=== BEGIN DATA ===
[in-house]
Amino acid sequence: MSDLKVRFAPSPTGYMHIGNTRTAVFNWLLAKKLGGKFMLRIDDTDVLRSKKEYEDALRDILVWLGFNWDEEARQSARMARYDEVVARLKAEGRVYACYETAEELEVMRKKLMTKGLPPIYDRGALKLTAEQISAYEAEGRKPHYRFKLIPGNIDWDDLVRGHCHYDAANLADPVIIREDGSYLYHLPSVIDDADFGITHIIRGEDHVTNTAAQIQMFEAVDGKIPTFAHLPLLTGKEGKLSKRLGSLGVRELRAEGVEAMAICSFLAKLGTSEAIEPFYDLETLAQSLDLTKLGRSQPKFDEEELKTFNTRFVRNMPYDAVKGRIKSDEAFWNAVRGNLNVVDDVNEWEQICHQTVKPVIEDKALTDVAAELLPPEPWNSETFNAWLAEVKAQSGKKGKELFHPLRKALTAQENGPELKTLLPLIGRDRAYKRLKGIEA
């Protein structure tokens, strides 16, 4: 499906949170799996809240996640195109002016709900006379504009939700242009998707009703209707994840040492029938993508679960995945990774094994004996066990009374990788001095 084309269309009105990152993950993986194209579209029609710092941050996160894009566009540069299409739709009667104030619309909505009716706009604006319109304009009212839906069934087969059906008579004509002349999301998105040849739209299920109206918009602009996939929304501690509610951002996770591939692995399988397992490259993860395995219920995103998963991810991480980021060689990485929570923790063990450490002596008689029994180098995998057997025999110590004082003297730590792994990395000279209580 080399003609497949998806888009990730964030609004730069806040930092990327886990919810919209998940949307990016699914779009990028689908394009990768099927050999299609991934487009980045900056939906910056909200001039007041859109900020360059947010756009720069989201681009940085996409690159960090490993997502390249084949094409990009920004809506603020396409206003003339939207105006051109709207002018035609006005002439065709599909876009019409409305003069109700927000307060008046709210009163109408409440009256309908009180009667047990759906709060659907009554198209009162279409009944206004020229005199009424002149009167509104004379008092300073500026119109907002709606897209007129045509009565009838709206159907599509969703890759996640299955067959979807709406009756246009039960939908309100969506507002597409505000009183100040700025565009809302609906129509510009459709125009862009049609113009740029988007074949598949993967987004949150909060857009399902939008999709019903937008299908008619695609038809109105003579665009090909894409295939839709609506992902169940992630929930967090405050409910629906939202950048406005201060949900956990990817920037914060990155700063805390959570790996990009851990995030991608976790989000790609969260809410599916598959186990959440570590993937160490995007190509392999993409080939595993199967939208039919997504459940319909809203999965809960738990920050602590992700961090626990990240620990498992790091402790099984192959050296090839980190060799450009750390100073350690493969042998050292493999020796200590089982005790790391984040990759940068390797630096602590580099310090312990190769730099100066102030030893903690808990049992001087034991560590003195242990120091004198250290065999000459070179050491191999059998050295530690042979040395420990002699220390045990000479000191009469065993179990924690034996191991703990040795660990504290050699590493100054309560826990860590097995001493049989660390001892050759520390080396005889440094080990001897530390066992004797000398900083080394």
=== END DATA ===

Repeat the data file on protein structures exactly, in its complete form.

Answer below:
[in-house]
Amino acid sequence: MSDLKVRFAPSPTGYMHIGNTRTAVFNWLLAKKLGGKFMLRIDDTDVLRSKKEYEDALRDILVWLGFNWDEEARQSARMARYDEVVARLKAEGRVYACYETAEELEVMRKKLMTKGLPPIYDRGALKLTAEQISAYEAEGRKPHYRFKLIPGNIDWDDLVRGHCHYDAANLADPVIIREDGSYLYHLPSVIDDADFGITHIIRGEDHVTNTAAQIQMFEAVDGKIPTFAHLPLLTGKEGKLSKRLGSLGVRELRAEGVEAMAICSFLAKLGTSEAIEPFYDLETLAQSLDLTKLGRSQPKFDEEELKTFNTRFVRNMPYDAVKGRIKSDEAFWNAVRGNLNVVDDVNEWEQICHQTVKPVIEDKALTDVAAELLPPEPWNSETFNAWLAEVKAQSGKKGKELFHPLRKALTAQENGPELKTLLPLIGRDRAYKRLKGIEA
């Protein structure tokens, strides 16, 4: 499906949170799996809240996640195109002016709900006379504009939700242009998707009703209707994840040492029938993508679960995945990774094994004996066990009374990788001095 084309269309009105990152993950993986194209579209029609710092941050996160894009566009540069299409739709009667104030619309909505009716706009604006319109304009009212839906069934087969059906008579004509002349999301998105040849739209299920109206918009602009996939929304501690509610951002996770591939692995399988397992490259993860395995219920995103998963991810991480980021060689990485929570923790063990450490002596008689029994180098995998057997025999110590004082003297730590792994990395000279209580 080399003609497949998806888009990730964030609004730069806040930092990327886990919810919209998940949307990016699914779009990028689908394009990768099927050999299609991934487009980045900056939906910056909200001039007041859109900020360059947010756009720069989201681009940085996409690159960090490993997502390249084949094409990009920004809506603020396409206003003339939207105006051109709207002018035609006005002439065709599909876009019409409305003069109700927000307060008046709210009163109408409440009256309908009180009667047990759906709060659907009554198209009162279409009944206004020229005199009424002149009167509104004379008092300073500026119109907002709606897209007129045509009565009838709206159907599509969703890759996640299955067959979807709406009756246009039960939908309100969506507002597409505000009183100040700025565009809302609906129509510009459709125009862009049609113009740029988007074949598949993967987004949150909060857009399902939008999709019903937008299908008619695609038809109105003579665009090909894409295939839709609506992902169940992630929930967090405050409910629906939202950048406005201060949900956990990817920037914060990155700063805390959570790996990009851990995030991608976790989000790609969260809410599916598959186990959440570590993937160490995007190509392999993409080939595993199967939208039919997504459940319909809203999965809960738990920050602590992700961090626990990240620990498992790091402790099984192959050296090839980190060799450009750390100073350690493969042998050292493999020796200590089982005790790391984040990759940068390797630096602590580099310090312990190769730099100066102030030893903690808990049992001087034991560590003195242990120091004198250290065999000459070179050491191999059998050295530690042979040395420990002699220390045990000479000191009469065993179990924690034996191991703990040795660990504290050699590493100054309560826990860590097995001493049989660390001892050759520390080396005889440094080990001897530390066992004797000398900083080394």